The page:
chipmonkey Thu 14-Apr-05 21:11:52

Actually, Grommit, that diet isn't too bad, at least she's eating some veg, even if its limited. I heard that a child has to taste something 10 times before they will try a new food. One dietician suggested putting 5 new foods on a plate, just bitesize pieces and insisting they taste 3. Keep doing this and eventually (apparently!) their tastes diversify.Ds1 used to be like your dd but now at 8 he's MUCH better. They grow out of it eventually. How many adults do you know that are that fussy?

Cha Thu 14-Apr-05 21:12:48

Things I have tried with my two sparrows:

Bribery (if you don't eat your dinner you won't get any icecream)
Feeding them myself
Letting them 'help' me make dinner
Making meals off Big Cook Little Cook (forget it)
Asking them what they would like today
Making them leave the table if they won't eat
Making them sit at the table without a plate and only giving any dinner if they ask for it
Telling that I will give their dinner to the dog / sibling
Making it a competition who can eat the most / fastest
Ignoring any silliness and loads and loads of praise and clapping if a good effort is made or new foods are tried.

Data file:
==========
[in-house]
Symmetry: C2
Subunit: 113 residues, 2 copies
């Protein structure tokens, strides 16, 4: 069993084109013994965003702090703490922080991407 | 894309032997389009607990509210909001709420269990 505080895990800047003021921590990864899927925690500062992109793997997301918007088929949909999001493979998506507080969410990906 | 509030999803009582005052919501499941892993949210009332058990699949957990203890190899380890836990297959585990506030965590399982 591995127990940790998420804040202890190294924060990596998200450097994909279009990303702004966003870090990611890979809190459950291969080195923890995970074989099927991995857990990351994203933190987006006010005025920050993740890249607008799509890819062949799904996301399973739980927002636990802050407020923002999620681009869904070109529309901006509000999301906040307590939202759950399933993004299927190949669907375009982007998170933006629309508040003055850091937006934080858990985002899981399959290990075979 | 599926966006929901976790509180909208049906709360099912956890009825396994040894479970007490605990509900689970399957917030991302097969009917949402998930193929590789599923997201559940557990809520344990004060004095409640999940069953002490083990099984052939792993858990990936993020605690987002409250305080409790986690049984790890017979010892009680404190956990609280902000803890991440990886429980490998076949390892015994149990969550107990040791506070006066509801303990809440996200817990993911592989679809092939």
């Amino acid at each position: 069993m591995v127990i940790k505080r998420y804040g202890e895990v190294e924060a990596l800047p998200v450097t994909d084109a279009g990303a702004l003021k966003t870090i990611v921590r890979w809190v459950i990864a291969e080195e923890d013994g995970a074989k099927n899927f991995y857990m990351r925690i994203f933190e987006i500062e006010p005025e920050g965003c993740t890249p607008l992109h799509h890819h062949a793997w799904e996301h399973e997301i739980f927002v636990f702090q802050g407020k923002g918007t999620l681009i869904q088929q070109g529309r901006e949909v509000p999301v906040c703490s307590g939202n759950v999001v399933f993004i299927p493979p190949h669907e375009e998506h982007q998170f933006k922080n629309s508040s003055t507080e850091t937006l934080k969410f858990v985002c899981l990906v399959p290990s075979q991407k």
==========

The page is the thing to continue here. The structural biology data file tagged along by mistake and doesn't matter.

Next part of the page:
Some work (bribery is the best) and some work occasionally, depending on their mood/individual characters. My policy is to only give what I have made for all of us (the family eat together) and if it is not eaten, nothing else is offered apart from fruit. I also give very small portions as I think a huge plate of food puts them off. As mine have very small appetites rather than being fussy, I try not to allow too much snacking, bottles of milk etc close to the next meal as this puts them off. Hope that helps.

rummum Fri 15-Apr-05 13:46:24

My daughter was exactly the same at that age... she was like your Daughter, she just didn't seem to like the texture/taste
She is aged 8 now and is much better... Do you eat with her? We have recently started to eat together as a family more (hubby does shifts so it not always been that easy).. I put more food in dishes on the table and the kids can help them selves... ie... slices of cucumber, carrot sticks, peppers, bread, peas, sweetcorn...
Daughter even tried spaghetti bolognese the other day... I nearly fell off the chair! I think the secret is to stay calm.. Good luck
ohh I nearly forgot to add, they are eating about an hour later than usual, and they have no snacks before tea.. and they are starving...

cabbageline Fri 15-Apr-05 20:45:03

Grommit, out of curiousity how does your dd's diet affect her behaviour?
My ds is irritable, stroppy, uncooperative etc. I have tried Eye Q,and Minidex (as opposed to vitamins as this contains iron)to try and supplement his bad diet, but they have very little effect. So it's just not meal times that are a battleground - it starts from the moment he wakes - or is that just kids!